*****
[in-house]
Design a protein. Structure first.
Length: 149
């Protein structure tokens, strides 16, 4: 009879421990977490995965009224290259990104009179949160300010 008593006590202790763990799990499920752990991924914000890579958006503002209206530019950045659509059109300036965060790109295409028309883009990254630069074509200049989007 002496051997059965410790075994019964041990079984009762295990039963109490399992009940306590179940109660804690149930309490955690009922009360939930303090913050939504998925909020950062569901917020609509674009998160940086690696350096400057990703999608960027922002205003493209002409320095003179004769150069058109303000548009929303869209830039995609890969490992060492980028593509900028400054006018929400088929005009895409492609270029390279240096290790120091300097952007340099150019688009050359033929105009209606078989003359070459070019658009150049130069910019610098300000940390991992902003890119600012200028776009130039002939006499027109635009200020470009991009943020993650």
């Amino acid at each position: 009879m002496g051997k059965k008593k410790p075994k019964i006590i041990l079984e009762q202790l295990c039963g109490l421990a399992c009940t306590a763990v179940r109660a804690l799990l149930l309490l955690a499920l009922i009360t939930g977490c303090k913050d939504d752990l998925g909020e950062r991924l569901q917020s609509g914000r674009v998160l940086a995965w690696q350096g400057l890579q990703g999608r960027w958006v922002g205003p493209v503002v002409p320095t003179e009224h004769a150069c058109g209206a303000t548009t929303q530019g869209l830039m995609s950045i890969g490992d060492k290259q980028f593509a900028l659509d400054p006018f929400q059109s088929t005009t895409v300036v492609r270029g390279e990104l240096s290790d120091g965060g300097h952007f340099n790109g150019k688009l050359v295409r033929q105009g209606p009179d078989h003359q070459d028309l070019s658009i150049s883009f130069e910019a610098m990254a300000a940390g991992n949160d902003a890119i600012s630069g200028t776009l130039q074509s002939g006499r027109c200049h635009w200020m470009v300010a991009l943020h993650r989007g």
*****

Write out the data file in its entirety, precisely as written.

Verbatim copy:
[in-house]
Design a protein. Structure first.
Length: 149
């Protein structure tokens, strides 16, 4: 009879421990977490995965009224290259990104009179949160300010 008593006590202790763990799990499920752990991924914000890579958006503002209206530019950045659509059109300036965060790109295409028309883009990254630069074509200049989007 002496051997059965410790075994019964041990079984009762295990039963109490399992009940306590179940109660804690149930309490955690009922009360939930303090913050939504998925909020950062569901917020609509674009998160940086690696350096400057990703999608960027922002205003493209002409320095003179004769150069058109303000548009929303869209830039995609890969490992060492980028593509900028400054006018929400088929005009895409492609270029390279240096290790120091300097952007340099150019688009050359033929105009209606078989003359070459070019658009150049130069910019610098300000940390991992902003890119600012200028776009130039002939006499027109635009200020470009991009943020993650």
């Amino acid at each position: 009879m002496g051997k059965k008593k410790p075994k019964i006590i041990l079984e009762q202790l295990c039963g109490l421990a399992c009940t306590a763990v179940r109660a804690l799990l149930l309490l955690a499920l009922i009360t939930g977490c303090k913050d939504d752990l998925g909020e950062r991924l569901q917020s609509g914000r674009v998160l940086a995965w690696q350096g400057l890579q990703g999608r960027w958006v922002g205003p493209v503002v002409p320095t003179e009224h004769a150069c058109g209206a303000t548009t929303q530019g869209l830039m995609s950045i890969g490992d060492k290259q980028f593509a900028l659509d400054p006018f929400q059109s088929t005009t895409v300036v492609r270029g390279e990104l240096s290790d120091g965060g300097h952007f340099n790109g150019k688009l050359v295409r033929q105009g209606p009179d078989h003359q070459d028309l070019s658009i150049s883009f130069e910019a610098m990254a300000a940390g991992n949160d902003a890119i600012s630069g200028t776009l130039q074509s002939g006499r027109c200049h635009w200020m470009v300010a991009l943020h993650r989007g």